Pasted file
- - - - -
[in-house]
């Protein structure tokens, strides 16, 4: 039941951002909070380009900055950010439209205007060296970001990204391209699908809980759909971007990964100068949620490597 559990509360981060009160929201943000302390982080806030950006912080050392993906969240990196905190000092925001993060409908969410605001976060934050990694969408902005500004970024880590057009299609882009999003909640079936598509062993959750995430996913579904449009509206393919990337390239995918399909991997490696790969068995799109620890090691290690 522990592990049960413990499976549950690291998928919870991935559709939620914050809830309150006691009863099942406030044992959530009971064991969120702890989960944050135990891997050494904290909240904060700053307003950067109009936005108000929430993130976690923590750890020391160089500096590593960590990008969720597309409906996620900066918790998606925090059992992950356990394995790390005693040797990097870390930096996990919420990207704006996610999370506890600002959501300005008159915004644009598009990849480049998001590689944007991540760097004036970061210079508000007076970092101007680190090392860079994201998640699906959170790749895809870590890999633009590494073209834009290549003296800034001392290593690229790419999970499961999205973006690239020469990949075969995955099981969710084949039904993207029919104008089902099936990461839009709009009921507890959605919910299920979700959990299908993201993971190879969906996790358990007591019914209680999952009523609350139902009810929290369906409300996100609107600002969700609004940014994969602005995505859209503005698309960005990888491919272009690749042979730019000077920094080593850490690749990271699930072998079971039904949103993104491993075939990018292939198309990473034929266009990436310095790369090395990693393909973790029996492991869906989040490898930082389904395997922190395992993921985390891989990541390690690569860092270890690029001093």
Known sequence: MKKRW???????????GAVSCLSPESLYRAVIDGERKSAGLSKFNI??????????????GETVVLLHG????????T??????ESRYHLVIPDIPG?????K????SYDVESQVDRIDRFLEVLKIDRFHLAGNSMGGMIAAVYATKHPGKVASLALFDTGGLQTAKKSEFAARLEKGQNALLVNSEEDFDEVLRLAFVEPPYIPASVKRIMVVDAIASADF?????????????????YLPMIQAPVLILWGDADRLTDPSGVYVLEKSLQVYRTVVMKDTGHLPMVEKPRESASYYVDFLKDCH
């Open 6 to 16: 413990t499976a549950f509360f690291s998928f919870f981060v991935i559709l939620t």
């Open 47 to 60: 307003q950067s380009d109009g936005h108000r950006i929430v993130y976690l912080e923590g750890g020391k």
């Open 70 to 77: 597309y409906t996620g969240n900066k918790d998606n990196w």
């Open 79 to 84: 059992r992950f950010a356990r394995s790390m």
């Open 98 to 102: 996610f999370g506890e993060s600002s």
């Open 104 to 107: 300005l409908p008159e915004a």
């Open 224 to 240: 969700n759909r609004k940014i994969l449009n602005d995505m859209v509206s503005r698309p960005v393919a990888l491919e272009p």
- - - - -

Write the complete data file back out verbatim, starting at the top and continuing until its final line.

[in-house]
């Protein structure tokens, strides 16, 4: 039941951002909070380009900055950010439209205007060296970001990204391209699908809980759909971007990964100068949620490597 559990509360981060009160929201943000302390982080806030950006912080050392993906969240990196905190000092925001993060409908969410605001976060934050990694969408902005500004970024880590057009299609882009999003909640079936598509062993959750995430996913579904449009509206393919990337390239995918399909991997490696790969068995799109620890090691290690 522990592990049960413990499976549950690291998928919870991935559709939620914050809830309150006691009863099942406030044992959530009971064991969120702890989960944050135990891997050494904290909240904060700053307003950067109009936005108000929430993130976690923590750890020391160089500096590593960590990008969720597309409906996620900066918790998606925090059992992950356990394995790390005693040797990097870390930096996990919420990207704006996610999370506890600002959501300005008159915004644009598009990849480049998001590689944007991540760097004036970061210079508000007076970092101007680190090392860079994201998640699906959170790749895809870590890999633009590494073209834009290549003296800034001392290593690229790419999970499961999205973006690239020469990949075969995955099981969710084949039904993207029919104008089902099936990461839009709009009921507890959605919910299920979700959990299908993201993971190879969906996790358990007591019914209680999952009523609350139902009810929290369906409300996100609107600002969700609004940014994969602005995505859209503005698309960005990888491919272009690749042979730019000077920094080593850490690749990271699930072998079971039904949103993104491993075939990018292939198309990473034929266009990436310095790369090395990693393909973790029996492991869906989040490898930082389904395997922190395992993921985390891989990541390690690569860092270890690029001093």
Known sequence: MKKRW???????????GAVSCLSPESLYRAVIDGERKSAGLSKFNI??????????????GETVVLLHG????????T??????ESRYHLVIPDIPG?????K????SYDVESQVDRIDRFLEVLKIDRFHLAGNSMGGMIAAVYATKHPGKVASLALFDTGGLQTAKKSEFAARLEKGQNALLVNSEEDFDEVLRLAFVEPPYIPASVKRIMVVDAIASADF?????????????????YLPMIQAPVLILWGDADRLTDPSGVYVLEKSLQVYRTVVMKDTGHLPMVEKPRESASYYVDFLKDCH
């Open 6 to 16: 413990t499976a549950f509360f690291s998928f919870f981060v991935i559709l939620t």
């Open 47 to 60: 307003q950067s380009d109009g936005h108000r950006i929430v993130y976690l912080e923590g750890g020391k």
């Open 70 to 77: 597309y409906t996620g969240n900066k918790d998606n990196w």
């Open 79 to 84: 059992r992950f950010a356990r394995s790390m």
């Open 98 to 102: 996610f999370g506890e993060s600002s």
């Open 104 to 107: 300005l409908p008159e915004a």
């Open 224 to 240: 969700n759909r609004k940014i994969l449009n602005d995505m859209v509206s503005r698309p960005v393919a990888l491919e272009p």